IPS | 3 April 2006
EU-LATIN AMERICA :
Doubts Arise Over May Summit
VIENNA, Apr 3 (IPS) - Civil society organisations are sceptical about the outcome of the conference of 58 heads of government and state from Europe, Latin America and the Caribbean next month in Vienna.
But the European Commission, the executive arm of the 25-nation European Union (EU), is optimistic that the May 12 summit in the Austrian capital would give fresh impulses to relations with Latin America and the Caribbean.
’’The Commission proposes to give a fresh impetus to the partnership which currently faces a number of challenges,’’ says an official EU document titled ’A stronger partnership between the European Union and Latin America - Communication from the Commission to the (European) Council and the European Parliament’.
The European Council, comprising heads of government and state, has welcomed the Commission’s note, and reaffirmed ’’the importance of the EU’s strategic partnership with Latin America.’’ The Commission said it was ’’determined to further strengthen the alliance in the mutual interest of both regions."
The Council underlined the EU’s objective ’’to continue to cooperate closely with Latin America to promote our common values and interests, and to contribute jointly to peace and security, protection and promotion of human rights and the strengthening of citizens’ participation and democracy.’’
The Council said in a statement that ’’social cohesion, sustainable development including the protection of the environment and the strengthening of international environmental governance within the UN system, and support to regional integration and stability are key objectives of our strategic partnership with the region.’’
The European Commission’s communication was circulated by the Austrian presidency at the Third European-Latin American-Caribbean Civil Society Forum Mar. 30 to Apr. 1 in Vienna. It formed the basis of discussion among participants.
The document serves as a basis for preparing the forthcoming EU-Latin America/Caribbean summit, fourth in a series that was launched 1999 in Rio de Janeiro (Brazil) and continued 2002 in Madrid (Spain) and 2004 in Guadalajara (Mexico).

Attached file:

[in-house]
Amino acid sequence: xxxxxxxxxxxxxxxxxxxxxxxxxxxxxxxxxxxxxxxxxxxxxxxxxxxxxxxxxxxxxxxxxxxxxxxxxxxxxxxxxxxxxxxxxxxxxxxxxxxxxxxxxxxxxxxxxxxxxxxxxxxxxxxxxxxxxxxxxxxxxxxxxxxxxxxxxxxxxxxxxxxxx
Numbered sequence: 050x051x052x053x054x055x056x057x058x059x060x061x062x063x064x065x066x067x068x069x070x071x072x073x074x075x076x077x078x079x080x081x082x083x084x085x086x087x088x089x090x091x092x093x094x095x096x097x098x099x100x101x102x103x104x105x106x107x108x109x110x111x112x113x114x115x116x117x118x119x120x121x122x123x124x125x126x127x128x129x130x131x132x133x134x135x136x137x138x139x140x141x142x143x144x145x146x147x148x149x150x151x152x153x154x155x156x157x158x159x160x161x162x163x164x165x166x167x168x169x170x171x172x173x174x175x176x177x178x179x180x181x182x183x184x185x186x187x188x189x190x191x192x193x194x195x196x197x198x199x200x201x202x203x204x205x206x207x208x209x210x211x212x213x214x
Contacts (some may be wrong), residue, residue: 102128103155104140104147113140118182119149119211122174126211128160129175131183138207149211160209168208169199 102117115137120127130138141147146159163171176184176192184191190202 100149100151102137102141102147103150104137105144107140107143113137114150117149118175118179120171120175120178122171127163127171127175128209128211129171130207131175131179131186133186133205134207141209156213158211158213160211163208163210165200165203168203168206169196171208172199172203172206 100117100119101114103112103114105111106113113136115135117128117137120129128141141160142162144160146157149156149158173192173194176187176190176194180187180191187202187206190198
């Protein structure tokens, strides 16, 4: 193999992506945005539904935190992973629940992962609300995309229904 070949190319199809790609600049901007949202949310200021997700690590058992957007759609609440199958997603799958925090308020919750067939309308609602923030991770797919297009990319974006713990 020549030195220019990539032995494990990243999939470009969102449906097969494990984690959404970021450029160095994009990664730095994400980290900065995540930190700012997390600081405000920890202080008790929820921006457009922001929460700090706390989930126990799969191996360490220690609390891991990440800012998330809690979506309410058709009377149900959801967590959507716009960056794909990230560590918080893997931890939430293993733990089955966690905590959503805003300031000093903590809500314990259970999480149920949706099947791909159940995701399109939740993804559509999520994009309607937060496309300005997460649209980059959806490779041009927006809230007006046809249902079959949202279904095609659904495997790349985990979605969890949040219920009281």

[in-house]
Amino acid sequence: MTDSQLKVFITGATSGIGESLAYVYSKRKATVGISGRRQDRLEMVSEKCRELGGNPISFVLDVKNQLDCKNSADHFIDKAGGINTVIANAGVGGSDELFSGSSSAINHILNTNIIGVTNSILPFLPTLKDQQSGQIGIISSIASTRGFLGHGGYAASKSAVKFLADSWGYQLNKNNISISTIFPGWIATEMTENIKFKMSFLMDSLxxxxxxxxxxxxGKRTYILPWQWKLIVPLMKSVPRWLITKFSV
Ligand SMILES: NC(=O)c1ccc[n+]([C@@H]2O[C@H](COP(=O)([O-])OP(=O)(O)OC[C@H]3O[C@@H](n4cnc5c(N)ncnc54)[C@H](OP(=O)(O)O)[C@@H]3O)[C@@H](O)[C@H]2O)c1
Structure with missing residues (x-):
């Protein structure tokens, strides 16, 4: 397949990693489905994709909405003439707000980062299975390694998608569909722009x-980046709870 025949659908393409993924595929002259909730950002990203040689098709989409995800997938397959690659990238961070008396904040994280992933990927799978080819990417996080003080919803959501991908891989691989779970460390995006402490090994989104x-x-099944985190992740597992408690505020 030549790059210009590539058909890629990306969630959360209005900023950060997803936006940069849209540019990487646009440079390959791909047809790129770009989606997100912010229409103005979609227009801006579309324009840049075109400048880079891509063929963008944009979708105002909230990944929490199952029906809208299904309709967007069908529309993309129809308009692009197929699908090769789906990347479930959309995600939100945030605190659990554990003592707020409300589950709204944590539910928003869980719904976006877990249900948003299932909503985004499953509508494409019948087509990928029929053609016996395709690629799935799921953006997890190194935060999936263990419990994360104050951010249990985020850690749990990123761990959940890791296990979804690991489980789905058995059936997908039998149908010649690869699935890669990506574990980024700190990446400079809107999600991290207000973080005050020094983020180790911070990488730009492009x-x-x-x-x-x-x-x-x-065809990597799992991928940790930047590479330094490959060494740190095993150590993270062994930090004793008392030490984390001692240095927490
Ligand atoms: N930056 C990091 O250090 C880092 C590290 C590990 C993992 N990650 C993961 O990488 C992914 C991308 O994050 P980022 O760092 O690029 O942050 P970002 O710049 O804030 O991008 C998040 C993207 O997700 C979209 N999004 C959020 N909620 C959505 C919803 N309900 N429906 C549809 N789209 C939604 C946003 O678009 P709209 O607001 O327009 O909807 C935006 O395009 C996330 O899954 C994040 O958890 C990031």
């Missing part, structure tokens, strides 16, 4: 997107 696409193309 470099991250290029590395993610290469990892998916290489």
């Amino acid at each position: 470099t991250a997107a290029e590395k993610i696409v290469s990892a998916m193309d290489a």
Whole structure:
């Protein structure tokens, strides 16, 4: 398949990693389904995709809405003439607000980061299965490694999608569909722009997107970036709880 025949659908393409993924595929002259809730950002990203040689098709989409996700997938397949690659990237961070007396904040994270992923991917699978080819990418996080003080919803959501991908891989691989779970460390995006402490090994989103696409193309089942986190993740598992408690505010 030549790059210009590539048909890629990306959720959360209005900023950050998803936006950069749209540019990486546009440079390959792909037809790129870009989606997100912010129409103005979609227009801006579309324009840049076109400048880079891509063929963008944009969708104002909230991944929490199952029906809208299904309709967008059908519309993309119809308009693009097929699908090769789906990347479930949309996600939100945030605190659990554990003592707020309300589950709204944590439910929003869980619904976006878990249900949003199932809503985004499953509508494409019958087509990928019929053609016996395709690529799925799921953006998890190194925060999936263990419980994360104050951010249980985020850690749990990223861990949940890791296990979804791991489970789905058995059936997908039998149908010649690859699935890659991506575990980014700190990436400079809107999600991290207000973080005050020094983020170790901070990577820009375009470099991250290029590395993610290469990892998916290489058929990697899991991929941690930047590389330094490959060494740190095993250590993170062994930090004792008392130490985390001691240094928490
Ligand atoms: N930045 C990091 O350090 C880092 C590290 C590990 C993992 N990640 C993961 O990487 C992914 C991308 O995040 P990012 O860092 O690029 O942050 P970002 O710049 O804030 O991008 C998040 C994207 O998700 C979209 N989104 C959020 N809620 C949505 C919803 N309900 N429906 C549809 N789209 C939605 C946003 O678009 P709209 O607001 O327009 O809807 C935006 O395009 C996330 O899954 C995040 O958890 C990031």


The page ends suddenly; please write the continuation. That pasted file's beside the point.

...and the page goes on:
The European Commission’s objective, says the document, is to ’’establish an enhanced partnership through a network of association agreements (including free trade agreements) involving all the countries of the region and liable to contribute to the integration of the region as a whole.’’
For the EU-Latin America/Caribbean Summit in Vienna, ’’the Commission considers that the topics covered by the Guadalajara declaration — social cohesion, regional integration, multilateralism — remain important, but need to be fleshed out further,’’ says the document.
The Commission wishes to use the Vienna summit to examine whether negotiations on the EU-Mercosur association agreement can now proceed towards their conclusion. Mercosur is a trading bloc comprising Brazil, Argentina, Uruguay and Paraguay, with Bolivia, Chile, Colombia, Ecuador and Peru as associate members. Venezuela and Bolivia are expected to become full members soon.
The forthcoming summit is also viewed as an opportunity to assess the progress of regional integration in the Andean Community and Central America, on the basis of the conclusions and recommendations of the working group which carried out the joint evaluation for the document.
But ’’it does not appear that this bi-regional encounter will be an occasion for a clear leap ahead in relations,’’ Christian Freres, associate researcher at the Instituto Complutense de Estudios Internacionales (ICEI) at Madrid University said at a Civil Society Forum meeting here Sunday.
’’The so-called strategic partnership will more likely still be as far off as it is today,’’ he said. ’’A relevant indicator of this might be seen in the association agreement (AA) decisions, key tools for any bi-regional association aiming at more than just a rhetoric-based relationship. To date an upcoming conclusion to the negotiations of an AA between the European Union and Mercosur does not appear to have been announced — barring a last-minute miracle.’’